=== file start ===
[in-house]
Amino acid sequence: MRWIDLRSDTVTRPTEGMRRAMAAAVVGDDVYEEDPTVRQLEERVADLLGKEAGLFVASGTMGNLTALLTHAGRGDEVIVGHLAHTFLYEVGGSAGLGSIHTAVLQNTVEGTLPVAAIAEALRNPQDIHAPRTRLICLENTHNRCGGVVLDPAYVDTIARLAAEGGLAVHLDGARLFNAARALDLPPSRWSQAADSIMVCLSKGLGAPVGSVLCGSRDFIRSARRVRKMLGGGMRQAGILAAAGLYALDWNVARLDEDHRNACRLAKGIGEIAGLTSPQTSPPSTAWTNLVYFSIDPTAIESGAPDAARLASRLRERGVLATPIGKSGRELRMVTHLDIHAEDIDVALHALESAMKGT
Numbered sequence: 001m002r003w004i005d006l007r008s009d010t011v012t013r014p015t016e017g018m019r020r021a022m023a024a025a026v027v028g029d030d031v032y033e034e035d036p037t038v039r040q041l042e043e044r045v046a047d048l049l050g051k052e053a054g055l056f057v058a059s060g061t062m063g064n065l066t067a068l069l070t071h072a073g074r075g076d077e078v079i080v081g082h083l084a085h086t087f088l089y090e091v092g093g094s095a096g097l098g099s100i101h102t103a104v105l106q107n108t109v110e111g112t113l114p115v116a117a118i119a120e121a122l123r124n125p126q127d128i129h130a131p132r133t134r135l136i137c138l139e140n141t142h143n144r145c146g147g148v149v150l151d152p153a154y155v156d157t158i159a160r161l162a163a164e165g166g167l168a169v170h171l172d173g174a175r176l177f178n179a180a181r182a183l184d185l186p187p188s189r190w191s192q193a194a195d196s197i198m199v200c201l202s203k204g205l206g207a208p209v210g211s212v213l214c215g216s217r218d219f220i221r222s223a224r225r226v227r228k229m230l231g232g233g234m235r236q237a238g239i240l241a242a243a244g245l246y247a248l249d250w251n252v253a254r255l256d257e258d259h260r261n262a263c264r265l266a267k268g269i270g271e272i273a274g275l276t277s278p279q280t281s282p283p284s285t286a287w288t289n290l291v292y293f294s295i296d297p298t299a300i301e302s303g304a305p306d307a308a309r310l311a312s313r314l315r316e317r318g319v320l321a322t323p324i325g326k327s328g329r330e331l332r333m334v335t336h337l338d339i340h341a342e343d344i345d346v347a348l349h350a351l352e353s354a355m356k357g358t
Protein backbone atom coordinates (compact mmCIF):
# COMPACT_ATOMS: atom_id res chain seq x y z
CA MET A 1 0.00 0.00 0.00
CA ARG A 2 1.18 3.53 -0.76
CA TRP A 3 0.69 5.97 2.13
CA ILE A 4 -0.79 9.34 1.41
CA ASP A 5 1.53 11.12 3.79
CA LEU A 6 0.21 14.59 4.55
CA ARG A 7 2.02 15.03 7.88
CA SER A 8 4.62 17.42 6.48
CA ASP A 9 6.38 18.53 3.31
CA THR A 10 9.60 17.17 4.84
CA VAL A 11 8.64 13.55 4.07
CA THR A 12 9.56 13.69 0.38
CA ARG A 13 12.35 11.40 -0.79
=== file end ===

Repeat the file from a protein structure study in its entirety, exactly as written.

[in-house]
Amino acid sequence: MRWIDLRSDTVTRPTEGMRRAMAAAVVGDDVYEEDPTVRQLEERVADLLGKEAGLFVASGTMGNLTALLTHAGRGDEVIVGHLAHTFLYEVGGSAGLGSIHTAVLQNTVEGTLPVAAIAEALRNPQDIHAPRTRLICLENTHNRCGGVVLDPAYVDTIARLAAEGGLAVHLDGARLFNAARALDLPPSRWSQAADSIMVCLSKGLGAPVGSVLCGSRDFIRSARRVRKMLGGGMRQAGILAAAGLYALDWNVARLDEDHRNACRLAKGIGEIAGLTSPQTSPPSTAWTNLVYFSIDPTAIESGAPDAARLASRLRERGVLATPIGKSGRELRMVTHLDIHAEDIDVALHALESAMKGT
Numbered sequence: 001m002r003w004i005d006l007r008s009d010t011v012t013r014p015t016e017g018m019r020r021a022m023a024a025a026v027v028g029d030d031v032y033e034e035d036p037t038v039r040q041l042e043e044r045v046a047d048l049l050g051k052e053a054g055l056f057v058a059s060g061t062m063g064n065l066t067a068l069l070t071h072a073g074r075g076d077e078v079i080v081g082h083l084a085h086t087f088l089y090e091v092g093g094s095a096g097l098g099s100i101h102t103a104v105l106q107n108t109v110e111g112t113l114p115v116a117a118i119a120e121a122l123r124n125p126q127d128i129h130a131p132r133t134r135l136i137c138l139e140n141t142h143n144r145c146g147g148v149v150l151d152p153a154y155v156d157t158i159a160r161l162a163a164e165g166g167l168a169v170h171l172d173g174a175r176l177f178n179a180a181r182a183l184d185l186p187p188s189r190w191s192q193a194a195d196s197i198m199v200c201l202s203k204g205l206g207a208p209v210g211s212v213l214c215g216s217r218d219f220i221r222s223a224r225r226v227r228k229m230l231g232g233g234m235r236q237a238g239i240l241a242a243a244g245l246y247a248l249d250w251n252v253a254r255l256d257e258d259h260r261n262a263c264r265l266a267k268g269i270g271e272i273a274g275l276t277s278p279q280t281s282p283p284s285t286a287w288t289n290l291v292y293f294s295i296d297p298t299a300i301e302s303g304a305p306d307a308a309r310l311a312s313r314l315r316e317r318g319v320l321a322t323p324i325g326k327s328g329r330e331l332r333m334v335t336h337l338d339i340h341a342e343d344i345d346v347a348l349h350a351l352e353s354a355m356k357g358t
Protein backbone atom coordinates (compact mmCIF):
# COMPACT_ATOMS: atom_id res chain seq x y z
CA MET A 1 0.00 0.00 0.00
CA ARG A 2 1.18 3.53 -0.76
CA TRP A 3 0.69 5.97 2.13
CA ILE A 4 -0.79 9.34 1.41
CA ASP A 5 1.53 11.12 3.79
CA LEU A 6 0.21 14.59 4.55
CA ARG A 7 2.02 15.03 7.88
CA SER A 8 4.62 17.42 6.48
CA ASP A 9 6.38 18.53 3.31
CA THR A 10 9.60 17.17 4.84
CA VAL A 11 8.64 13.55 4.07
CA THR A 12 9.56 13.69 0.38
CA ARG A 13 12.35 11.40 -0.79